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S&L; Assets Won’t Be Dumped--Brady : Secretary Seeks to Assure Property Owners in Texas, California

Times Staff Writer

Treasury Secretary Nicholas F. Brady on Tuesday sought to assure property owners in states such as Texas and California that federal regulators will not “dump” real estate on local markets when they sell the assets of insolvent savings and loan institutions under President Bush’s S&L; rescue plan.

On a one-day trip to Texas, one of the states hardest hit by S&L; failures, Brady said regulators “intend to proceed very carefully” when they begin selling property in order to avoid sending real prices of homes and commercial structures plunging. “The government also has a vested interest in avoiding dumping and (in) receiving the best possible price for the real estate,” he said. “We won’t necessarily be in a hurry to sell it off.”

Brady also warned Congress, which will begin work on the S&L; legislation next week, not to try to finance the whole $50-billion cost of the Bush Administration’s S&L; rescue plan in a single up-front appropriation, as some lawmakers want, because that would risk blowing apart the effort to reduce the federal budget deficit.

During a series of speeches and press conferences here and in Houston, Brady said to do so would push total government outlays far above the spending ceilings established under the Gramm-Rudman budget law and would “completely . . . render a sham the budgetary discipline” that the government is seeking.

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That in turn would send interest rates up sharply and push the government’s own borrowing costs out of control, he contended. “If interest rates rise by as little as one-tenth of a percentage point,” he said, it would “overwhelm any cost savings” that might come from financing the S&L; rescue package all at once instead of stretching it out over several years.

Despite Brady’s concern over what Congress might do about the financing issue, the lawmakers are expected to act speedily next month to approve the Administration’s S&L; rescue plan and most likely will make only minor changes. Those calling for Congress to appropriate the money in one action contend that it would save money on interest costs.

A House Banking subcommittee is scheduled to start formal drafting of a bill next week, and the Senate Banking, Housing and Urban Affairs Committee is scheduled to begin work on its version of the measure the week after. Congressional leaders say they expect to send a final version of the legislation to Bush’s desk some time in May.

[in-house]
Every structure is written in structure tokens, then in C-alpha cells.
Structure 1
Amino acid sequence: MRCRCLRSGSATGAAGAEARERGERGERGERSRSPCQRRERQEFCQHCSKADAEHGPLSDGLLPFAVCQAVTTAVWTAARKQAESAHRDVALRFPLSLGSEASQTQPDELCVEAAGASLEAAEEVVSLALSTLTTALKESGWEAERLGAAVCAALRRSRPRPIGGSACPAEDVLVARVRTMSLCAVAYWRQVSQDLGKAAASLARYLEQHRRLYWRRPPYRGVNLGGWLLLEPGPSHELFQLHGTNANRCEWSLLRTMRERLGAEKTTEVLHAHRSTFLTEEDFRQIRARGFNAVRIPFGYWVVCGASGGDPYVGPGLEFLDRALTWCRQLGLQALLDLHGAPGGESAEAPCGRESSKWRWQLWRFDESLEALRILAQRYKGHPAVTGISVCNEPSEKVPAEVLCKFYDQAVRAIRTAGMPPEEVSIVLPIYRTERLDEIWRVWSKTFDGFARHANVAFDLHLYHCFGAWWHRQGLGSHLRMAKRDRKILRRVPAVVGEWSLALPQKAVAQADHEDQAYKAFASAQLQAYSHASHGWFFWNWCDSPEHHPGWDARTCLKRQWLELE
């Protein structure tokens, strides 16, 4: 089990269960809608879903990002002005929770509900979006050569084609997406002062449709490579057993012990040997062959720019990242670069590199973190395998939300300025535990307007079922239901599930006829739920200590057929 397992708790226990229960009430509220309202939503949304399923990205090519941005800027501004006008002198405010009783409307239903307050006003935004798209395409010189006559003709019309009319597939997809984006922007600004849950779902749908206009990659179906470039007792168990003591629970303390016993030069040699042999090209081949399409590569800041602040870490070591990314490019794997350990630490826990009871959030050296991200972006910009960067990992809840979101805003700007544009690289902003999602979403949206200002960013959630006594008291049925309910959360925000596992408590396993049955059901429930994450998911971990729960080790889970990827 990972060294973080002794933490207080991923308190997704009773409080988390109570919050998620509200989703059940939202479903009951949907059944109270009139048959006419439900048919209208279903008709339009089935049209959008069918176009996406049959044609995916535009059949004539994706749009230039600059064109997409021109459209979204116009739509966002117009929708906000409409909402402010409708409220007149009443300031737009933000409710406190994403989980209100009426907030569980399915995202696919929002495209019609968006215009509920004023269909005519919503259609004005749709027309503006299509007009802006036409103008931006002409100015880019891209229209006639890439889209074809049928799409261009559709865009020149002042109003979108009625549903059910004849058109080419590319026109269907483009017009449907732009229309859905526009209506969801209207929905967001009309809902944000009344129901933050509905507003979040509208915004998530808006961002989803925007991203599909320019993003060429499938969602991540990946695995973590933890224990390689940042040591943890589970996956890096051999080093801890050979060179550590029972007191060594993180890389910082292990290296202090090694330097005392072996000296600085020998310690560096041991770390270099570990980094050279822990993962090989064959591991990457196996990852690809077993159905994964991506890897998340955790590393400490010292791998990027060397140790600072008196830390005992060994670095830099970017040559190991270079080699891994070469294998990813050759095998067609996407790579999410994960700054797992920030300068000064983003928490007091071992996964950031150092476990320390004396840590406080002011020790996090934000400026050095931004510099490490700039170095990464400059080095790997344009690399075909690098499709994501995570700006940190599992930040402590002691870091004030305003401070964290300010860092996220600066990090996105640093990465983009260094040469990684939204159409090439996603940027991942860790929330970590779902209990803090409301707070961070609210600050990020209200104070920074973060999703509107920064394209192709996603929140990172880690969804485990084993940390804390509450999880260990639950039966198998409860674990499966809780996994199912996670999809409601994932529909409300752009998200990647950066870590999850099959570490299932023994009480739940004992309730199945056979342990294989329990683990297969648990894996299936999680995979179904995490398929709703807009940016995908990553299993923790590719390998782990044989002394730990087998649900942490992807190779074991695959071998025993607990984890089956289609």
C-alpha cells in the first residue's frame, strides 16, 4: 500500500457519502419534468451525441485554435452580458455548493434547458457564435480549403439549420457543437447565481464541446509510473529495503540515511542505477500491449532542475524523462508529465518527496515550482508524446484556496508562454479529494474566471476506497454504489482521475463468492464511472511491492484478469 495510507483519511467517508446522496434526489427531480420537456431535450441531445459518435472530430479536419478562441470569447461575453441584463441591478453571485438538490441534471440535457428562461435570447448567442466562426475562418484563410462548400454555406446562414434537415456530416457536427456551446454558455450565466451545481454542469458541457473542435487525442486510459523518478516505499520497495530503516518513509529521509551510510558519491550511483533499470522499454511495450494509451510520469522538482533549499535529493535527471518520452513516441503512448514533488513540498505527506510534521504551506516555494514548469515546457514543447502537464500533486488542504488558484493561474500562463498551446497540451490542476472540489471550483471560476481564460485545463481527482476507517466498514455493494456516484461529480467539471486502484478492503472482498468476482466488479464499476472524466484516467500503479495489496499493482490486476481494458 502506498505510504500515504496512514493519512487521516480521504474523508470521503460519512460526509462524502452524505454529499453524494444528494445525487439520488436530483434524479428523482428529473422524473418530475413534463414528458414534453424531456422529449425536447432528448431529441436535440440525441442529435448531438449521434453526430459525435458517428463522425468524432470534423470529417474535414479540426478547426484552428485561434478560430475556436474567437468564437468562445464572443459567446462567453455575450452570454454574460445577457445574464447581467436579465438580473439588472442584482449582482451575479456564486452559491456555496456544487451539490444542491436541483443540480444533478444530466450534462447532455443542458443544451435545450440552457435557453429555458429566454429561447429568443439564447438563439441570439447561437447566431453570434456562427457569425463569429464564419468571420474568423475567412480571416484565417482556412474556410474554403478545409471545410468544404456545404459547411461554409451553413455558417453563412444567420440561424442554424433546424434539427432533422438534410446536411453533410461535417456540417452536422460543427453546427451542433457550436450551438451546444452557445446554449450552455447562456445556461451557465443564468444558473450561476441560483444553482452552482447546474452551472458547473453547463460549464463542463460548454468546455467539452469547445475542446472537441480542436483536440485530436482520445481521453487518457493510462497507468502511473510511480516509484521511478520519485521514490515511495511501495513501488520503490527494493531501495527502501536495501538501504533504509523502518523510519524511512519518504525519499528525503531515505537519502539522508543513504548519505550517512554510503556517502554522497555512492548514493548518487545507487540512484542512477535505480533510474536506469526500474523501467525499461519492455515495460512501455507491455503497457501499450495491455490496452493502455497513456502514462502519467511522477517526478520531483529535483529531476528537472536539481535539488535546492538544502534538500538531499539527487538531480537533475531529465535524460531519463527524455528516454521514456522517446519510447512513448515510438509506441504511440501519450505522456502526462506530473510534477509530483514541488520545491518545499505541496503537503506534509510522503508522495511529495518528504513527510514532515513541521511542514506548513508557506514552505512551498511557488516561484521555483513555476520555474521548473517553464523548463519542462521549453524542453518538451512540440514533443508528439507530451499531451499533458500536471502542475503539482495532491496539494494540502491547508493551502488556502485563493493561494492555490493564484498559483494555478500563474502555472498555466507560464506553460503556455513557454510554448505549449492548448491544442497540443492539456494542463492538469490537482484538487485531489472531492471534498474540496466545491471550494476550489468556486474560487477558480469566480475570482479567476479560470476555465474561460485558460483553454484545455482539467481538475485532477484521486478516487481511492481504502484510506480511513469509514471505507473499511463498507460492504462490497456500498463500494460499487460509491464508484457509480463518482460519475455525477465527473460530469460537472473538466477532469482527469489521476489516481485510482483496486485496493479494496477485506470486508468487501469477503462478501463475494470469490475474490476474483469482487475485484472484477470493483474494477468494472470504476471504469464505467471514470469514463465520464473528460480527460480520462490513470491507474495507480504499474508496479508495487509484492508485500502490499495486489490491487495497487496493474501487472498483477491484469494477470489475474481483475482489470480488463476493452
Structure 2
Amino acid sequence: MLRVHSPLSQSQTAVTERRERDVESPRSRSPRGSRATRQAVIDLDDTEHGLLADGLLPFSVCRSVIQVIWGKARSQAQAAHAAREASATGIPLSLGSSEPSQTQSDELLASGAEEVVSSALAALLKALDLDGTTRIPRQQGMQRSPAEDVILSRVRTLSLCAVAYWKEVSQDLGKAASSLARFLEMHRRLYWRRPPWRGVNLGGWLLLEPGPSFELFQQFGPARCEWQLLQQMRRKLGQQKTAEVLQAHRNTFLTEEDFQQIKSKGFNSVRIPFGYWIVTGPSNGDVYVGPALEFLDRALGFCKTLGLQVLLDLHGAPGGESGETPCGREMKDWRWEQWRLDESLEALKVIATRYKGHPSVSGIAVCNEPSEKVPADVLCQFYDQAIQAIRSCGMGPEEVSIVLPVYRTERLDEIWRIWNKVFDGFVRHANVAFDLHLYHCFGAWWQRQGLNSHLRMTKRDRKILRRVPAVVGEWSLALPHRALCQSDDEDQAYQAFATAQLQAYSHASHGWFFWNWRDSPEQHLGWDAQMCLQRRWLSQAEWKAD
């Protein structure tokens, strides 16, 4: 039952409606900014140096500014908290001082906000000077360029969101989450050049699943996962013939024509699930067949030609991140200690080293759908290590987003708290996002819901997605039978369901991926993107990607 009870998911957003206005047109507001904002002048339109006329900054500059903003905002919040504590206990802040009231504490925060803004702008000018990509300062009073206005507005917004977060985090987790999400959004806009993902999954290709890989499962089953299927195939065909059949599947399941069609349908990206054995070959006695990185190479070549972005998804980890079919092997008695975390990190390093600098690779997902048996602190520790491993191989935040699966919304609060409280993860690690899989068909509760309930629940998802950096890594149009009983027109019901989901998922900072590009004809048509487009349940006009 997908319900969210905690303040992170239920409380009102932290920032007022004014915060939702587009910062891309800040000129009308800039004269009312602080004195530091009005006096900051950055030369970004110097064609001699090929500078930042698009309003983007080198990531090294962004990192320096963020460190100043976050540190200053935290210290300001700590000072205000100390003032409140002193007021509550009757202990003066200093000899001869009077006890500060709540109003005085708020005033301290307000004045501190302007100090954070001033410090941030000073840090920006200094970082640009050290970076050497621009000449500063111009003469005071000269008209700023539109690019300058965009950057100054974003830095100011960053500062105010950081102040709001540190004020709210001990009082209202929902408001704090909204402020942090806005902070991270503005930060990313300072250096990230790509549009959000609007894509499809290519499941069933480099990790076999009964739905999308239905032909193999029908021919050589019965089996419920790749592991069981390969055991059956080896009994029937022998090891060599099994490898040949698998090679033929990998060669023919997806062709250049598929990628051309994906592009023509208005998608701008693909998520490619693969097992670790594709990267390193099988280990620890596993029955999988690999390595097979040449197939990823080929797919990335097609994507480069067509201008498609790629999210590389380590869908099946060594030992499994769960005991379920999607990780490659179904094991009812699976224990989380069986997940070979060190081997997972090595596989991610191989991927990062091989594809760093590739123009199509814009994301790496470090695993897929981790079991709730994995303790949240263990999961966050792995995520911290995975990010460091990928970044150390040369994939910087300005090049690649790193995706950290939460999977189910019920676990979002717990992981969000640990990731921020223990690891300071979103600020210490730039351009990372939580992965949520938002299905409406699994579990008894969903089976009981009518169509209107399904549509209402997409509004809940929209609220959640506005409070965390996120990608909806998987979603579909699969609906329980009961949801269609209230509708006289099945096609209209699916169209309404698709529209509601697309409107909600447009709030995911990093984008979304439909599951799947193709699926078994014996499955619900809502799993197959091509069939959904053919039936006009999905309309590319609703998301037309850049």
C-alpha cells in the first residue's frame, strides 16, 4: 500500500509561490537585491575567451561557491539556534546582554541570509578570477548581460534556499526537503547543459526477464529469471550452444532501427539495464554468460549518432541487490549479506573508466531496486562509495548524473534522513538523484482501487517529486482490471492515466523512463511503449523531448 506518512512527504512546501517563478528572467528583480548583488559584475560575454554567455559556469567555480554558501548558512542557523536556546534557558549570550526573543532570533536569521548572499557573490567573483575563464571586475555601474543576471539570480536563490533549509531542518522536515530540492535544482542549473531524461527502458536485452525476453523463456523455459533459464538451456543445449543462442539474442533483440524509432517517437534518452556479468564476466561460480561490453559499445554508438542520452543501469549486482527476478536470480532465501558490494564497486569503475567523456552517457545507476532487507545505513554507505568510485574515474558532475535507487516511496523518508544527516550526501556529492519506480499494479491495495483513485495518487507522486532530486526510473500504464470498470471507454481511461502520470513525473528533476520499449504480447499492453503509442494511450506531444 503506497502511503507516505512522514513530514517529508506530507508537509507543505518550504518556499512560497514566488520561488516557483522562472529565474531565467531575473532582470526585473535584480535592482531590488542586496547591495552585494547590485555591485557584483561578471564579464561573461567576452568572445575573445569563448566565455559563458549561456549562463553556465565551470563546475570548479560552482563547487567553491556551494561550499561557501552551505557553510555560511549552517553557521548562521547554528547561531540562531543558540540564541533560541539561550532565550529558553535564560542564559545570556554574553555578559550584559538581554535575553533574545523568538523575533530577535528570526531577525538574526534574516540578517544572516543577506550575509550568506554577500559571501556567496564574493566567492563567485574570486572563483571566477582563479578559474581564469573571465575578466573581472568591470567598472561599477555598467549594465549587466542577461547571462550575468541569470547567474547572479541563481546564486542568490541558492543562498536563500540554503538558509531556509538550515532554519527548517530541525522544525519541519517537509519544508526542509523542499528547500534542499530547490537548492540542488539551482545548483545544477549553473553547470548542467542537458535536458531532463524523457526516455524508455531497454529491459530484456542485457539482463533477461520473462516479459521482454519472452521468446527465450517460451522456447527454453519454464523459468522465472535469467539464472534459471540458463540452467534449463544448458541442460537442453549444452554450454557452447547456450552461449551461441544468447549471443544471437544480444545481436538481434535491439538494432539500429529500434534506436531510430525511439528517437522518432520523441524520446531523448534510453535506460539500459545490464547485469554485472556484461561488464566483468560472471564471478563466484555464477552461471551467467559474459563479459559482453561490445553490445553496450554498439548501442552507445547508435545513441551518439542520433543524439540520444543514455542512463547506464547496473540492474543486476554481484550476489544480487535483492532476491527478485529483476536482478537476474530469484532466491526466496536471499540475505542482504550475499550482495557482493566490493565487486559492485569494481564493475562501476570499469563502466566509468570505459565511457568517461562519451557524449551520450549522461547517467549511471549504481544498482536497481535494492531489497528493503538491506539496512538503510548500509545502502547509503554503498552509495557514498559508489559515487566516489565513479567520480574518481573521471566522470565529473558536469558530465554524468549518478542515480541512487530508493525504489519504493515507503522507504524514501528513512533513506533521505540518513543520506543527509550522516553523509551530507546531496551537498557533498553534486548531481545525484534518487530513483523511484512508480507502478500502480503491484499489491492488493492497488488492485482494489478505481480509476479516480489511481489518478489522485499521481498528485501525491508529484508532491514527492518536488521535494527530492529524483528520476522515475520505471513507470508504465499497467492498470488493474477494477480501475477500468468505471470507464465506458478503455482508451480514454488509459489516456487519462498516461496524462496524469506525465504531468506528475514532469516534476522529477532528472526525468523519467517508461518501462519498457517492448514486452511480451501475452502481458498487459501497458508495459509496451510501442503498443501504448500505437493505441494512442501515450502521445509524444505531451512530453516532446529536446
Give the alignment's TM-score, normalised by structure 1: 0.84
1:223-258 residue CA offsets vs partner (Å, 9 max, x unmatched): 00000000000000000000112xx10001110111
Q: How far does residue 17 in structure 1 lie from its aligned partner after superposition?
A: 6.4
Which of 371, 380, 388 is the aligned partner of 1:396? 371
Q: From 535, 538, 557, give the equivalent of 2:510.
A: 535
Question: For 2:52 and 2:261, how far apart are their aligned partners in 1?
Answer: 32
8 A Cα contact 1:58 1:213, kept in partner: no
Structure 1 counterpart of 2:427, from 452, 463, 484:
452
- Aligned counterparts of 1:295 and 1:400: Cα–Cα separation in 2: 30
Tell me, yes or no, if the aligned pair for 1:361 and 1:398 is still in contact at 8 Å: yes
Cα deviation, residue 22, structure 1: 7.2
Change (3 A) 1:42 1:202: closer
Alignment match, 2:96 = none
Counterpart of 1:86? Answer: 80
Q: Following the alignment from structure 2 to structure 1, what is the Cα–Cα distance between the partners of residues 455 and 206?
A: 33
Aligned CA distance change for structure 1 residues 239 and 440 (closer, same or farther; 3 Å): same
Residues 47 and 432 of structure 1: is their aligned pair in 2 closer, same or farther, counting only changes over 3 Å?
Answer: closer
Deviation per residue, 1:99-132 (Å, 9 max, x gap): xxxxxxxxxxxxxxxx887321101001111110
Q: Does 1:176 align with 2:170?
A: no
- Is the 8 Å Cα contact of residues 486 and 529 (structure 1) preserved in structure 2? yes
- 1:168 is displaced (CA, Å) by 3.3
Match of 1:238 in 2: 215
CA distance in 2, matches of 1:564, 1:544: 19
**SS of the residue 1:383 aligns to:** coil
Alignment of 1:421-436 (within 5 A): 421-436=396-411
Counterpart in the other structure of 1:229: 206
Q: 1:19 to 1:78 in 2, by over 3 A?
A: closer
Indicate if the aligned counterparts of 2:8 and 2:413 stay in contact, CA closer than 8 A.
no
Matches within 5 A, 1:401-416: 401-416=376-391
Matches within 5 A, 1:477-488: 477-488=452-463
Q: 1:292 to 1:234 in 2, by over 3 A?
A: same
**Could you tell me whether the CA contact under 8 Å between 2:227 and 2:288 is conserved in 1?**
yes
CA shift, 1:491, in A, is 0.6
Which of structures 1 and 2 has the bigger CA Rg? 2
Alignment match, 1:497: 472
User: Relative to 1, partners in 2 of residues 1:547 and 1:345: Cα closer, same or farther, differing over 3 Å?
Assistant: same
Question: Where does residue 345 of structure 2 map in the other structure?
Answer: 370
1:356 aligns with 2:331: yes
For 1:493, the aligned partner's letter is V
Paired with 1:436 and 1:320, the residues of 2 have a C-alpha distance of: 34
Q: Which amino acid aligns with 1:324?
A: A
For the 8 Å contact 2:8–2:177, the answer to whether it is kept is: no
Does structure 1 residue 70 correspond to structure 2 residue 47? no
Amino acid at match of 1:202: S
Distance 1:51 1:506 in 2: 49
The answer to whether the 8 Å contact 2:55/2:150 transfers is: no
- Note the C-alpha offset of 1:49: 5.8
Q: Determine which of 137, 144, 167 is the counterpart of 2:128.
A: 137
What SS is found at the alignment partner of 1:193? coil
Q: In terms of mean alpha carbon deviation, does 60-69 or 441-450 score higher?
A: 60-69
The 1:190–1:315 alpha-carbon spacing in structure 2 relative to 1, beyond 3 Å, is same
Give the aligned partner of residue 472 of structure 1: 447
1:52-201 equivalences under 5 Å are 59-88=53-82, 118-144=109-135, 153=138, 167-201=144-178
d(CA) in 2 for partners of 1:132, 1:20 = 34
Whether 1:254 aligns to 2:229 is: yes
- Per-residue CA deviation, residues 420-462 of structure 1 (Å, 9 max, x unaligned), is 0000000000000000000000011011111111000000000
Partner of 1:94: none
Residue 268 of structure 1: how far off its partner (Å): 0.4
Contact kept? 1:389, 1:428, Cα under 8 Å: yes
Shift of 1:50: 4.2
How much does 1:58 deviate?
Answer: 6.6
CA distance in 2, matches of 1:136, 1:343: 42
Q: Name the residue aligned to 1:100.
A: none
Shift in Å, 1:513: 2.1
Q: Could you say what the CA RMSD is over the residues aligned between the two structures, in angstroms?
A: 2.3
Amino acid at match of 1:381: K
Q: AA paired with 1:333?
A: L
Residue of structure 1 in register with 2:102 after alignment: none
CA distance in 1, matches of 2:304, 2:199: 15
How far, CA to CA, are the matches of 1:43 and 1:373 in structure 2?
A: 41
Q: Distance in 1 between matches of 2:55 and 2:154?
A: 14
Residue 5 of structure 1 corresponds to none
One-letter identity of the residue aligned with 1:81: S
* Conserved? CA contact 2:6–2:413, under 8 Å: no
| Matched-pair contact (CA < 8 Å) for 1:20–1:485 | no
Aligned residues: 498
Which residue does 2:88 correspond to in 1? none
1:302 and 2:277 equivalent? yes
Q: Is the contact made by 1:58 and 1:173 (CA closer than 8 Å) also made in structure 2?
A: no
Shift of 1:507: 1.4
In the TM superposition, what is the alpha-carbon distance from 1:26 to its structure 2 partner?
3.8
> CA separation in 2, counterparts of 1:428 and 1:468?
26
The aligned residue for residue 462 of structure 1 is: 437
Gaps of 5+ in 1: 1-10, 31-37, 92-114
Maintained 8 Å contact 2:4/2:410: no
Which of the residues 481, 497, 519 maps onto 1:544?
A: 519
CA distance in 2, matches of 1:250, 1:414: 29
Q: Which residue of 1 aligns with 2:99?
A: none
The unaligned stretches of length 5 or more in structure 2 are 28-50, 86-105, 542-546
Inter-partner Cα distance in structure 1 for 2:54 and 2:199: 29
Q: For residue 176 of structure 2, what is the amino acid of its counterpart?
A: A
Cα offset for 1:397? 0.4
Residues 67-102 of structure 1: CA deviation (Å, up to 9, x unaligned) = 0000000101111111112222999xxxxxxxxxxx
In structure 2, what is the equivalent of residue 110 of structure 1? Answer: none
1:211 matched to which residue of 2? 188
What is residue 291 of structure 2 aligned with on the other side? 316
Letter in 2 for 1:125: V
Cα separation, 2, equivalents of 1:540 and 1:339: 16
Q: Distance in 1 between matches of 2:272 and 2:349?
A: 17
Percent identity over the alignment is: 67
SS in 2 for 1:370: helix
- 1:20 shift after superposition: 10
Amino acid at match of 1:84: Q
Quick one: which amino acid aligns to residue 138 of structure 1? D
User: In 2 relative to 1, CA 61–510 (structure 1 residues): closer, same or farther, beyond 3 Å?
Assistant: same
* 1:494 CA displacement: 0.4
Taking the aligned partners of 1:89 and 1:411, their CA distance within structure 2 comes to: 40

The secretary’s remarks were designed to head off any last-minute snags that might arise in congressional handling of the S&L; issue. Brady said later that, while he does not consider the financing issue a major one, he could “see it as (one) that could provoke endless debate” if it were permitted to get out of hand.

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He also warned that if lawmakers were to approve breaching the Gramm-Rudman spending ceilings for the S&L; rescue plan, it would open the door for exceptions in a variety of other areas, from increased spending on social programs to larger defense outlays. He called the proposal to appropriate the entire $50 billion in one fiscal year “a stupid idea.”

Brady’s trip Tuesday was designed to promote the S&L; package in heavily affected Texas and to calm nervous property owners who are worried about the possibility that aggressive selling of S&L; assets might send local real estate values tumbling.

On a related issue, Brady said the Treasury intends to stand firm against pressure from some lawmakers that it postpone the mid-1991 deadline, by which the Administration’s plan would require savings and loan institutions to meet stiffer capitalization standards.

Although some legislators argue that the deadline is unrealistically close, Brady contended Tuesday that the Administration’s plan provides for granting exceptions to some troubled S&Ls.; But he said that any extensions should be allowed on a case-by-case basis. He argued that extending the deadline for all thrifts would only reduce the pressure on those institutions to put their economic houses in order.


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